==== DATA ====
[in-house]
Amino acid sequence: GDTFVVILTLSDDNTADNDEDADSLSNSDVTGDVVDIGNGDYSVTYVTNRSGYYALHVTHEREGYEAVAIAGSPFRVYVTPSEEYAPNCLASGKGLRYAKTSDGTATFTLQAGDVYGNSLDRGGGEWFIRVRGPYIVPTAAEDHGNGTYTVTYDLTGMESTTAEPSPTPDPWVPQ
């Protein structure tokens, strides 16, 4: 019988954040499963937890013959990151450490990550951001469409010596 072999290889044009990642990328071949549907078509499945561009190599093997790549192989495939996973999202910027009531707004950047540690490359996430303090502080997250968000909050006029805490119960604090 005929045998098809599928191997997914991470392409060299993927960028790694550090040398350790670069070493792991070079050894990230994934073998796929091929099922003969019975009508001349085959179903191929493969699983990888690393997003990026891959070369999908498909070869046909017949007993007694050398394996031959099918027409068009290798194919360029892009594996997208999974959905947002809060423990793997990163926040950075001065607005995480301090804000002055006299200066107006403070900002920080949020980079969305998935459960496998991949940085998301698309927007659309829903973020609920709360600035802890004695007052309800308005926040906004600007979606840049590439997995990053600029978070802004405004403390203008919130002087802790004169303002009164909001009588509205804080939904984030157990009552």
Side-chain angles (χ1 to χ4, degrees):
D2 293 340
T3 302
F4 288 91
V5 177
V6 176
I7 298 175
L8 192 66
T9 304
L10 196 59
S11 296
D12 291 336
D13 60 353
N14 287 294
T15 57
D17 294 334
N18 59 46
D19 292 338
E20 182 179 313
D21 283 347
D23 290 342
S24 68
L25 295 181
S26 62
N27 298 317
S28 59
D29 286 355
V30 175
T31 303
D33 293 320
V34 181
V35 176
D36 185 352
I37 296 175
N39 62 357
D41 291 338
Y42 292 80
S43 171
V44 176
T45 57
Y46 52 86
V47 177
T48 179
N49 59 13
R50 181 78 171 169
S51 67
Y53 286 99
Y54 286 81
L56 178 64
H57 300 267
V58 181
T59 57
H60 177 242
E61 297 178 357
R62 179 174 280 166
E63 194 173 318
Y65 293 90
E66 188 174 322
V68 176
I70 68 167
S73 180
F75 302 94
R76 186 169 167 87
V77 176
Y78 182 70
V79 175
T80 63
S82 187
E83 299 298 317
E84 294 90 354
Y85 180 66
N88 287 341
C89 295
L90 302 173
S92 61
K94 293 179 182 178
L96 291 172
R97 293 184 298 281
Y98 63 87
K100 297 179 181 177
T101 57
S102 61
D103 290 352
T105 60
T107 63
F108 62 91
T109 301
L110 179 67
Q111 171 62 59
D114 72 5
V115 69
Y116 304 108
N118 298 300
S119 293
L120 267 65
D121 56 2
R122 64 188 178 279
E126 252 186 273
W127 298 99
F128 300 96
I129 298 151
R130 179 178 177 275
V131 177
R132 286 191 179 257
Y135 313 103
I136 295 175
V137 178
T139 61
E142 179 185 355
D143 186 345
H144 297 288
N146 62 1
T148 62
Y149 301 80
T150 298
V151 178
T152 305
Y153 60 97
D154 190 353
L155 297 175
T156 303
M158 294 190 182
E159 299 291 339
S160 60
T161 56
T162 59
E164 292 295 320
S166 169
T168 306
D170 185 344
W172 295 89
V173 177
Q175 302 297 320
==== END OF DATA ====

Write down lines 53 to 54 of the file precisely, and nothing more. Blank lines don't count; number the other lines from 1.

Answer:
H57 300 267
V58 181